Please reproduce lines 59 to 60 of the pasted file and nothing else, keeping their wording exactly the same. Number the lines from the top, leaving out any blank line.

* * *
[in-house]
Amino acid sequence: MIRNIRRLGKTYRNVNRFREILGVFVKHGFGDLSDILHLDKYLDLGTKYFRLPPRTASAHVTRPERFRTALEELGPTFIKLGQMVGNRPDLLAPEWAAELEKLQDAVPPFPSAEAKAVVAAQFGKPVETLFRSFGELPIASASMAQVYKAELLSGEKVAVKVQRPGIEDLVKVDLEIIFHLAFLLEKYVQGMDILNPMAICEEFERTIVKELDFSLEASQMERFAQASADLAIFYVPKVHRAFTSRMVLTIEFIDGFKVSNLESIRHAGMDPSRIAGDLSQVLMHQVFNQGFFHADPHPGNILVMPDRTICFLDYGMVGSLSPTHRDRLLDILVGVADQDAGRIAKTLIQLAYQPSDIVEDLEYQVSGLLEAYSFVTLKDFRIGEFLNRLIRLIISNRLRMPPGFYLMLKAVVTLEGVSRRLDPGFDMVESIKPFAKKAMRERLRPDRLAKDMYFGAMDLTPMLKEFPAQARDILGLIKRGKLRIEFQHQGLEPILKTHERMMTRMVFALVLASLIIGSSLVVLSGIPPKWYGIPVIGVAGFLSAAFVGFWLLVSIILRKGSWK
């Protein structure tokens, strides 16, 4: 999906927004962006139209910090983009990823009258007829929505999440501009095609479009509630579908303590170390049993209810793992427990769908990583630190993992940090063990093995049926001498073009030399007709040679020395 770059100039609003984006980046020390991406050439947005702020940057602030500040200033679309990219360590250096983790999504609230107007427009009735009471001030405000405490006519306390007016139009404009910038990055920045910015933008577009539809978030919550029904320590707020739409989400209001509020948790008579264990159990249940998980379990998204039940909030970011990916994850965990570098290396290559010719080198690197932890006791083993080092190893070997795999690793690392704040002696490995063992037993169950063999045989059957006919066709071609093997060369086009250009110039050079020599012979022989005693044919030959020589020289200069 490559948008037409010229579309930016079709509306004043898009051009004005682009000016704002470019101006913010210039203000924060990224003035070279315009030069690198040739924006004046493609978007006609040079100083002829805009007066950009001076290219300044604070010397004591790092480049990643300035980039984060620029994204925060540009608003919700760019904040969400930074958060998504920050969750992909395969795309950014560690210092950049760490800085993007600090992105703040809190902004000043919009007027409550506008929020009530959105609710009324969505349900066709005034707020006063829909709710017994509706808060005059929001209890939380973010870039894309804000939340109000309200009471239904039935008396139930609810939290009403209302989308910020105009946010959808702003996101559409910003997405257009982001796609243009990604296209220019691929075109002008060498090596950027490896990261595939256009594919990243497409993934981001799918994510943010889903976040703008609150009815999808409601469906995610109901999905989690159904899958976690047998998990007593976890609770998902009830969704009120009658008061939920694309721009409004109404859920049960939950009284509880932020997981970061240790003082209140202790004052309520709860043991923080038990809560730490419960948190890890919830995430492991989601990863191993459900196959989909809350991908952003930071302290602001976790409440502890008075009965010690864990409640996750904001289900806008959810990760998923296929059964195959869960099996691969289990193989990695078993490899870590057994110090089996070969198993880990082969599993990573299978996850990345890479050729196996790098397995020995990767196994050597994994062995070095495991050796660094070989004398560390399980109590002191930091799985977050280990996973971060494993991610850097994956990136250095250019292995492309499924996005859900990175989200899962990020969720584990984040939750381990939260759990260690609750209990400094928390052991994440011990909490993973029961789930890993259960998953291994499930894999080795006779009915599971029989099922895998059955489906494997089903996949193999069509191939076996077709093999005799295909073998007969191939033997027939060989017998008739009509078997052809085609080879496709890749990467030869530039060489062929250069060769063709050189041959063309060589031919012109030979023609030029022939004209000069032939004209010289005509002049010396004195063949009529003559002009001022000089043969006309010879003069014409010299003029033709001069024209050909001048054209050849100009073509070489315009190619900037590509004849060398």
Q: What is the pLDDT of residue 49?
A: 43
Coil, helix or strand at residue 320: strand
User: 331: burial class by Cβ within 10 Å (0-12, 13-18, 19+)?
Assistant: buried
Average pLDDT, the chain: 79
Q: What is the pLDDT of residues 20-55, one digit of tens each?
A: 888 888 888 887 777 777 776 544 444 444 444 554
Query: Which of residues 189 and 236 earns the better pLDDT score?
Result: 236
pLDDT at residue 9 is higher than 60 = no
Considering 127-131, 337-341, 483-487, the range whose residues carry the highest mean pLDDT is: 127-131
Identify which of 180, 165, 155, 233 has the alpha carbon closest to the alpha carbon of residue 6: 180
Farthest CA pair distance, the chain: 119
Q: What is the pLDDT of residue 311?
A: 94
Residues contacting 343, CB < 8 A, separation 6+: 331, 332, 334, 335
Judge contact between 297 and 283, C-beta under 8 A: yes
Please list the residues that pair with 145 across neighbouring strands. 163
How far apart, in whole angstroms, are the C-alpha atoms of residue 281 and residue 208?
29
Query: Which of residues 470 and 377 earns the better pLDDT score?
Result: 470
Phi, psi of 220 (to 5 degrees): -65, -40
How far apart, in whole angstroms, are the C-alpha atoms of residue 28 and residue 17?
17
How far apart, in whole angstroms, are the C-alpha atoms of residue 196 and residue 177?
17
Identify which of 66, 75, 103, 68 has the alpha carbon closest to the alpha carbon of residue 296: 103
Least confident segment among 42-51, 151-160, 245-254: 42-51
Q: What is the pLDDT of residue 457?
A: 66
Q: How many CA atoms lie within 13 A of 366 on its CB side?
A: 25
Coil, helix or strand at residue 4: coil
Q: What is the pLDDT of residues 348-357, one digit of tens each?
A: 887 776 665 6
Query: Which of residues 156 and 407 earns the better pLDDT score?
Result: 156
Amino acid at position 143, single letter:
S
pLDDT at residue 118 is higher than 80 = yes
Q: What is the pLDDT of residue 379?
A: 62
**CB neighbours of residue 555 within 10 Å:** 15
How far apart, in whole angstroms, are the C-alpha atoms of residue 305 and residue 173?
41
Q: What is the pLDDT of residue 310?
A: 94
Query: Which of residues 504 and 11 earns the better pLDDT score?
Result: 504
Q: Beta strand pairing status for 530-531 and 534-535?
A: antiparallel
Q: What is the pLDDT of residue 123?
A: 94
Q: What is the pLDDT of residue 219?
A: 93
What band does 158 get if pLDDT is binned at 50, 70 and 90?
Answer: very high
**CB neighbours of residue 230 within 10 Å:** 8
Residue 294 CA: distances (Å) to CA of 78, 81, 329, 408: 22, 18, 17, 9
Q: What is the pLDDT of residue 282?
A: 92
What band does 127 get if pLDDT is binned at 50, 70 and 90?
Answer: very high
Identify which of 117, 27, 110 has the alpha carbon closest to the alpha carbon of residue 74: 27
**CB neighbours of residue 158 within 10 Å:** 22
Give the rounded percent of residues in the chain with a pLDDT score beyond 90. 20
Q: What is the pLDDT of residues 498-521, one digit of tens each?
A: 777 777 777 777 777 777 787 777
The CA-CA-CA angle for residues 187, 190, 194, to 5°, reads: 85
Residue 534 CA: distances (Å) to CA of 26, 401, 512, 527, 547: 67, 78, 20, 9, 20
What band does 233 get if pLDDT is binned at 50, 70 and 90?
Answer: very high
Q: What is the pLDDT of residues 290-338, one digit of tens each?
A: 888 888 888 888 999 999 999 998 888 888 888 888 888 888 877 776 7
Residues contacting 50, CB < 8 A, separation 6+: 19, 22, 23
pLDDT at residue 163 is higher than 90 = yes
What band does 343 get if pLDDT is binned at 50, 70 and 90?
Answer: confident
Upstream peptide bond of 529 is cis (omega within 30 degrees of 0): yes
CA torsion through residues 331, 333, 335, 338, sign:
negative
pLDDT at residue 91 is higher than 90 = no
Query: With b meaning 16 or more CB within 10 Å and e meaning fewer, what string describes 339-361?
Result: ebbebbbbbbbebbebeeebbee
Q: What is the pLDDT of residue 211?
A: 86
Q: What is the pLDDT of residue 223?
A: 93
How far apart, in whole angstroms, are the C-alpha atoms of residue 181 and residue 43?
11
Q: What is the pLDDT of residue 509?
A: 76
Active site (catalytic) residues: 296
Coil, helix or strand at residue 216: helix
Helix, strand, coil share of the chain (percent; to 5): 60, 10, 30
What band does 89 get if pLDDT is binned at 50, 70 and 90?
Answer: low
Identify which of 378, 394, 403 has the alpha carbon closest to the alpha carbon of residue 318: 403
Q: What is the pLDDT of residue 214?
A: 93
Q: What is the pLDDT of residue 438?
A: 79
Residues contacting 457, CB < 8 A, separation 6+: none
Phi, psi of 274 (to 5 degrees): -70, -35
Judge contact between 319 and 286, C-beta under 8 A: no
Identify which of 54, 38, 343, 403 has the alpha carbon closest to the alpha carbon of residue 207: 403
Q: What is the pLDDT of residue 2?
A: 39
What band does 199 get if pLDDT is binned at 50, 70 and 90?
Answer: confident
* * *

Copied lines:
Q: What is the pLDDT of residue 219?
A: 93